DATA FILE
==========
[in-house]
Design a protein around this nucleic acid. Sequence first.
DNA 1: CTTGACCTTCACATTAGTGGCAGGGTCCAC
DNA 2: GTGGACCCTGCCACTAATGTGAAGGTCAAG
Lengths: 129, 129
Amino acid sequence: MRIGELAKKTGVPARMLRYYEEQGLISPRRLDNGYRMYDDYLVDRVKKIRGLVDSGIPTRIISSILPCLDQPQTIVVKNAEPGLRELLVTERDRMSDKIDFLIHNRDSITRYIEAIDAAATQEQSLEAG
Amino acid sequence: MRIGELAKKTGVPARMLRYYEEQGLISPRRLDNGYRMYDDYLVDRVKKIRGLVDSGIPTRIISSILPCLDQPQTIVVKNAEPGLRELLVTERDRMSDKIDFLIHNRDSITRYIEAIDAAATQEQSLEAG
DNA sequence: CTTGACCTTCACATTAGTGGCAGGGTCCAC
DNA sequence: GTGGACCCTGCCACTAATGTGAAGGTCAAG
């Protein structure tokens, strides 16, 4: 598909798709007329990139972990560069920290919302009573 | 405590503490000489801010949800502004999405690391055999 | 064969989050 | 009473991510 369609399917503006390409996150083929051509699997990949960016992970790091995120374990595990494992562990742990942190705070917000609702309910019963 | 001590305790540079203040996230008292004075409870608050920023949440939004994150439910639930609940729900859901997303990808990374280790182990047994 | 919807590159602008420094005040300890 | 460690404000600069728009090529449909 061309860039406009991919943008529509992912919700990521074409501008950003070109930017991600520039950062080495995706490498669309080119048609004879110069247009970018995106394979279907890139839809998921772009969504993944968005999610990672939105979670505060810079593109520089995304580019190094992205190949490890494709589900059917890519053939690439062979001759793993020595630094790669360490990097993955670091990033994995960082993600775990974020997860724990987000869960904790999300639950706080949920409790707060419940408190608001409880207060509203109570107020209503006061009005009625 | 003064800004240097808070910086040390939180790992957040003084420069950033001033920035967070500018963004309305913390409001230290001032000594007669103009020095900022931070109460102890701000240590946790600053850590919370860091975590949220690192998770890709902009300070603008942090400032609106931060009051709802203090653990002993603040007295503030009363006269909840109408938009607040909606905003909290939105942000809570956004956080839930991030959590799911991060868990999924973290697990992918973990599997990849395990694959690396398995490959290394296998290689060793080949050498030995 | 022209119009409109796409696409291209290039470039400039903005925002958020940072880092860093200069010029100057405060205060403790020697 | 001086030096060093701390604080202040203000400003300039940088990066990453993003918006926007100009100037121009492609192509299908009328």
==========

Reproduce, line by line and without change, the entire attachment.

[in-house]
Design a protein around this nucleic acid. Sequence first.
DNA 1: CTTGACCTTCACATTAGTGGCAGGGTCCAC
DNA 2: GTGGACCCTGCCACTAATGTGAAGGTCAAG
Lengths: 129, 129
Amino acid sequence: MRIGELAKKTGVPARMLRYYEEQGLISPRRLDNGYRMYDDYLVDRVKKIRGLVDSGIPTRIISSILPCLDQPQTIVVKNAEPGLRELLVTERDRMSDKIDFLIHNRDSITRYIEAIDAAATQEQSLEAG
Amino acid sequence: MRIGELAKKTGVPARMLRYYEEQGLISPRRLDNGYRMYDDYLVDRVKKIRGLVDSGIPTRIISSILPCLDQPQTIVVKNAEPGLRELLVTERDRMSDKIDFLIHNRDSITRYIEAIDAAATQEQSLEAG
DNA sequence: CTTGACCTTCACATTAGTGGCAGGGTCCAC
DNA sequence: GTGGACCCTGCCACTAATGTGAAGGTCAAG
């Protein structure tokens, strides 16, 4: 598909798709007329990139972990560069920290919302009573 | 405590503490000489801010949800502004999405690391055999 | 064969989050 | 009473991510 369609399917503006390409996150083929051509699997990949960016992970790091995120374990595990494992562990742990942190705070917000609702309910019963 | 001590305790540079203040996230008292004075409870608050920023949440939004994150439910639930609940729900859901997303990808990374280790182990047994 | 919807590159602008420094005040300890 | 460690404000600069728009090529449909 061309860039406009991919943008529509992912919700990521074409501008950003070109930017991600520039950062080495995706490498669309080119048609004879110069247009970018995106394979279907890139839809998921772009969504993944968005999610990672939105979670505060810079593109520089995304580019190094992205190949490890494709589900059917890519053939690439062979001759793993020595630094790669360490990097993955670091990033994995960082993600775990974020997860724990987000869960904790999300639950706080949920409790707060419940408190608001409880207060509203109570107020209503006061009005009625 | 003064800004240097808070910086040390939180790992957040003084420069950033001033920035967070500018963004309305913390409001230290001032000594007669103009020095900022931070109460102890701000240590946790600053850590919370860091975590949220690192998770890709902009300070603008942090400032609106931060009051709802203090653990002993603040007295503030009363006269909840109408938009607040909606905003909290939105942000809570956004956080839930991030959590799911991060868990999924973290697990992918973990599997990849395990694959690396398995490959290394296998290689060793080949050498030995 | 022209119009409109796409696409291209290039470039400039903005925002958020940072880092860093200069010029100057405060205060403790020697 | 001086030096060093701390604080202040203000400003300039940088990066990453993003918006926007100009100037121009492609192509299908009328």